With that being said, while the workshop took place after the call for this issue, the questions and points that were raised throughout the three-day discussion I feel are relevant in framing the significance of the ideas of space and place with regards to this issue. Such questions may cover race and gender; how do we think of our sense of Filipinoness? Of our sexualities? Of our ability to speak of our marginality (as queer, as non-English, as non-Tagalog) within our own spaces dominated by external discourses? Can we articulate a decidedly unique way of representing our cultures, of our homes, of our beingness in these spaces if we are to speak in differing tongues? Does our distance from each other (geopolitically and culturally) offer a way of affirming multiculturalism and plural-nationalism in times of political and historical homogeneity?

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(Re)Solving the South(ern) Puzzle: Katitikan as Alternative Discourse

The impetus for the Katitikan project- a literary journal embedded firmly in the intersections of national, regional, and postcolonial discourses- lies in an often misarticulated necessity for the interrogation of various notions of ?South? and its socio-political implications vis-?-vis literary production within the Philippine Archipelago. Crucial to this investigation is the critical turn in moving away from understanding the ?South? merely in terms of geographic, identity politics, but instead understanding its theoretical potentialities through a poetic and representational practice that straddles the interconnection of various regions in the Philippines while simultaneously problematizing and deconstructing the notion of a ?regional? literature.

Perhaps much of the difficulty, of which this theoretical proposition must first negotiate with, results from earlier discourses on the theoretical and creative production inscribed within the inchoate spaces that emerge from national-regional boundaries, which has prematurely signified ?regional? writing as a marginal subject haunted by the Metro Manila spectre, articulated through problematic national-regional binaries. Nevertheless, attempts to carve out a regional space has only further elided discursive, intersectional possibilities by which writers, located throughout the Philippines, may negotiate with their own socio-historically situated subjectivities. The notion of a Southern literature is precisely located in what has been a tumultuous discourse that has had to content with unstable, naturalized contentions from both the center and margin attempting to contain it within specific modalities of enunciation which, while offering opportunities for writers in these spaces, can only be considered a limited articulation at best, a restricted silence at worst.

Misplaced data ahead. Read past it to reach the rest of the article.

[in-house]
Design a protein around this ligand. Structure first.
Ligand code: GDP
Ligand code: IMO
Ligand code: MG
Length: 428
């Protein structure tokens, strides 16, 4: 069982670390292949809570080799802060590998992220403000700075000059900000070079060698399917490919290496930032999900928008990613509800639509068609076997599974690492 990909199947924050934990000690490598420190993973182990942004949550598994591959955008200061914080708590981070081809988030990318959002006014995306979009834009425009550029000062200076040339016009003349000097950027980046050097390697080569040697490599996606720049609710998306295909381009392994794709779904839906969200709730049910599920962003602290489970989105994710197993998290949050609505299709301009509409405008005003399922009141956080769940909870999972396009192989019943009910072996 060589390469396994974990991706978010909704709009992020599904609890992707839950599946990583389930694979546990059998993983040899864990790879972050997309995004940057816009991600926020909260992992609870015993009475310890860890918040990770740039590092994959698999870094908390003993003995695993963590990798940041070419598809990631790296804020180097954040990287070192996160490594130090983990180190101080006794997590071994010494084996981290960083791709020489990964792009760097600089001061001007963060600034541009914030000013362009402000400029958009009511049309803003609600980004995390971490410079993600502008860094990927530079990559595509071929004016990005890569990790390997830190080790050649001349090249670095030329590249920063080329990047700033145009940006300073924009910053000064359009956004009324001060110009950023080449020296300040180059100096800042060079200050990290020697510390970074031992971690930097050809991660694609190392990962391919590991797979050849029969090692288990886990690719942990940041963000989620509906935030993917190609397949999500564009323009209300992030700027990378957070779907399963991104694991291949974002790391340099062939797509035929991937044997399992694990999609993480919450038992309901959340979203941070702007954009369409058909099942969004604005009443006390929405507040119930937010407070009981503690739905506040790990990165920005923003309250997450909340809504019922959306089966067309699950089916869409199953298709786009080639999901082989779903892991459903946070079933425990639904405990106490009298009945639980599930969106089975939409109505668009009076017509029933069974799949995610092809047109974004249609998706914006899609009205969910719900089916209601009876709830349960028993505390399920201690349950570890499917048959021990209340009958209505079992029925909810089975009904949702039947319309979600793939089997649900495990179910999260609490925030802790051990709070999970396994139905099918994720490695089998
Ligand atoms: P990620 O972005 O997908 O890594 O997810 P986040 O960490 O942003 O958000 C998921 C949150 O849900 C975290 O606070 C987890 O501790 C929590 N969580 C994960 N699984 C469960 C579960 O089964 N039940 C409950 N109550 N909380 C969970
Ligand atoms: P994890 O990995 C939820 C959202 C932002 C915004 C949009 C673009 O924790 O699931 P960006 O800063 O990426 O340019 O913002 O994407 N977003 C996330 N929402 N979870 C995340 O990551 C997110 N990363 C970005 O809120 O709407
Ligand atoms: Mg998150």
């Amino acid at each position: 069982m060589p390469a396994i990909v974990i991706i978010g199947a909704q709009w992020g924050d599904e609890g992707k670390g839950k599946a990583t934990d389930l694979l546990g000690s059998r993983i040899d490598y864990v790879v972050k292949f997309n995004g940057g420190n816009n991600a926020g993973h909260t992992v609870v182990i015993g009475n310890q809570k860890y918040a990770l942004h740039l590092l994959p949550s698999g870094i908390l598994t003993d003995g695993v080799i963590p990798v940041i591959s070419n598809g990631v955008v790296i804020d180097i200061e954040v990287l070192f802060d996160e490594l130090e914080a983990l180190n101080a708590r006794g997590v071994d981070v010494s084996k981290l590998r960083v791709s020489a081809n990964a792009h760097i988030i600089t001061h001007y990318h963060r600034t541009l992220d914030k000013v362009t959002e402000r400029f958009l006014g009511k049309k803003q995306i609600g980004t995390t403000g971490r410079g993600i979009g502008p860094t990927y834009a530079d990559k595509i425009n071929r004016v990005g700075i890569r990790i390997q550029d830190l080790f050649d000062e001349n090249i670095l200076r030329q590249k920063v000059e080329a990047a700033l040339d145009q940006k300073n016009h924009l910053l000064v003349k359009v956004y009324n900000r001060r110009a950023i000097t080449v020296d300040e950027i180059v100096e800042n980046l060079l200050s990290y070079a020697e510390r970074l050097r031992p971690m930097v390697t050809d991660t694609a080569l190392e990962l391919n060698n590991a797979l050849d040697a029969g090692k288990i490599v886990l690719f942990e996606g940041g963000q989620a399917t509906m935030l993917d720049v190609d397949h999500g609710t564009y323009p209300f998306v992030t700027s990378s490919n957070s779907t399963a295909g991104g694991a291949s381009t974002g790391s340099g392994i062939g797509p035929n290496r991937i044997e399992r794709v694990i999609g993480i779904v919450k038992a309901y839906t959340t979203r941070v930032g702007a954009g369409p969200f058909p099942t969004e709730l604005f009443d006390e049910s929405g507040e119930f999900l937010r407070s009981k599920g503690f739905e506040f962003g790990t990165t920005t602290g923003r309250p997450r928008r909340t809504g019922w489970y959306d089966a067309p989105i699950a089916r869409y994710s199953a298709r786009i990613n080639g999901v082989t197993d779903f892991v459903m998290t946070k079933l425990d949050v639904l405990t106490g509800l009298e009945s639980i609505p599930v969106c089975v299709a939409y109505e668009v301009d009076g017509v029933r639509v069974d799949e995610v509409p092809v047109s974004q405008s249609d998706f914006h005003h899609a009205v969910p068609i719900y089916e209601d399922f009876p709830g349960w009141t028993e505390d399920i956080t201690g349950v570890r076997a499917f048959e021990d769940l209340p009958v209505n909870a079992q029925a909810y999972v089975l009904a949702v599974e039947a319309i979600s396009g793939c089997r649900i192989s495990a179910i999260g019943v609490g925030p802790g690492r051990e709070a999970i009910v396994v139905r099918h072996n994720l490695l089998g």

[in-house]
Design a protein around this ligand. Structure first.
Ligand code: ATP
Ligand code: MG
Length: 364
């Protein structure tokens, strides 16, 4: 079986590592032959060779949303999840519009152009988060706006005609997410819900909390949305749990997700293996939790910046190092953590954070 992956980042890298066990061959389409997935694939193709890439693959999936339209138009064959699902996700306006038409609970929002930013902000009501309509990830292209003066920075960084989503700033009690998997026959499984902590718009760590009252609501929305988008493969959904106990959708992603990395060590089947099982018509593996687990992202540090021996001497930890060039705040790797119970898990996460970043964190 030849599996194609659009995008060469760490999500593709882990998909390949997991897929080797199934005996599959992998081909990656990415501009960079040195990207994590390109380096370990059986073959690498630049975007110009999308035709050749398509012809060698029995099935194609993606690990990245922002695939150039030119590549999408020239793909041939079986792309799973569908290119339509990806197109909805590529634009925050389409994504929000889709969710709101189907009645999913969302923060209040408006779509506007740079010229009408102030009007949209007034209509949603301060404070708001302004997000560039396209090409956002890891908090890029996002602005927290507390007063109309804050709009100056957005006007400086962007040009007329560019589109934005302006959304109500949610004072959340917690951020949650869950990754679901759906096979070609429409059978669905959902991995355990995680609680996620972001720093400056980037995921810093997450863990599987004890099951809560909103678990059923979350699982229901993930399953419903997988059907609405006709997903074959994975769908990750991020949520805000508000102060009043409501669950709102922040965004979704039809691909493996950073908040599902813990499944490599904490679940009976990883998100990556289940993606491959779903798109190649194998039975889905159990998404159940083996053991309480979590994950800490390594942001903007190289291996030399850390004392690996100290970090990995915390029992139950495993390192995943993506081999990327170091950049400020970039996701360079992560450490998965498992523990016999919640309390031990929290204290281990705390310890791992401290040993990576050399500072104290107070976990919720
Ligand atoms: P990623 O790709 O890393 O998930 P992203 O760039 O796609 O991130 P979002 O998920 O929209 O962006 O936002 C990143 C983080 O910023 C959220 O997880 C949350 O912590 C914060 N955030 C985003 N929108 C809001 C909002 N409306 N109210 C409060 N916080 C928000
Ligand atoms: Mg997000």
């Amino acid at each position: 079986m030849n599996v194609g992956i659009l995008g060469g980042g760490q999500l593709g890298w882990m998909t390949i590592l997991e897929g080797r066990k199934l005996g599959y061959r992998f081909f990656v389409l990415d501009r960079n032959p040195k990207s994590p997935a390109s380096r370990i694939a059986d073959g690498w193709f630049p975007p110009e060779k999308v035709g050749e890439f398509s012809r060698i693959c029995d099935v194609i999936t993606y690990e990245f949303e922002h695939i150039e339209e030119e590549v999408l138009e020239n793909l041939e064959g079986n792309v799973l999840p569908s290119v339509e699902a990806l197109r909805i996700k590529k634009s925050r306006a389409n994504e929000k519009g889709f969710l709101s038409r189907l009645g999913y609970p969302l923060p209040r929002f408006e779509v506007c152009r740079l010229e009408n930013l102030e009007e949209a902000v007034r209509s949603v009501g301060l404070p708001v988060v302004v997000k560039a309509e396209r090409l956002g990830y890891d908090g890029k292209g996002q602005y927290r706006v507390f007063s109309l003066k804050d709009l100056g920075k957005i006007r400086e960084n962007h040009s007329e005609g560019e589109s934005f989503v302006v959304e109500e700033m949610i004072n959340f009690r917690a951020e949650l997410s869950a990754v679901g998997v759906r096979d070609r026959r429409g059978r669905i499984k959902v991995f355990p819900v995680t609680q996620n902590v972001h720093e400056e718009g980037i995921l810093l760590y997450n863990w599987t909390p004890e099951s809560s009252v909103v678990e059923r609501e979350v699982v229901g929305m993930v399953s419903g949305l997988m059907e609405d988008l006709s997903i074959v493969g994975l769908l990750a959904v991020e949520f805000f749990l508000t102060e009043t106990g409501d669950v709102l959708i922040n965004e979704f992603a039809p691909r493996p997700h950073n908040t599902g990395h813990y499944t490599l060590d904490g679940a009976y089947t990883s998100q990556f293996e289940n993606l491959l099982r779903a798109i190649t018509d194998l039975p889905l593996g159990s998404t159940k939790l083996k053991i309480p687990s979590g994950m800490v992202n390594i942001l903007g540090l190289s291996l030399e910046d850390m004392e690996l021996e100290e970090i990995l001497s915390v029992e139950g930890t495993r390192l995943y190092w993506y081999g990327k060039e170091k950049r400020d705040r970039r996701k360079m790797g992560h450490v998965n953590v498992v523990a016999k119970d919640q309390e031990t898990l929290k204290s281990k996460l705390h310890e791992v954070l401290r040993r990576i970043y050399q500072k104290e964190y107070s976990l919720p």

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Excavating the Trauma: Notes on the Teng Mangansakan’s Forbidden Memory

If the emotional is too on-top of the speaking voice, surrendering to a guiding thought an idea, a proposition, a question can pass as urgent.

In watching the premiere of Gutierrez ‘Teng’ Mangansakan’s Forbidden Memory last 2017, I had to quell a kind of rage gearing to erupt in the wake of a reopened rupture its closure is a delusion that has rapped the country’s memory for decades.

When we speak of Martial Law, we speak of the human rights violations; we speak of the infrastructural progress that birthed international debts we are still paying today; we speak of Imelda’s lavishness, we speak of the Marcoses’ theft; we speak against the temptation to just forget or move on.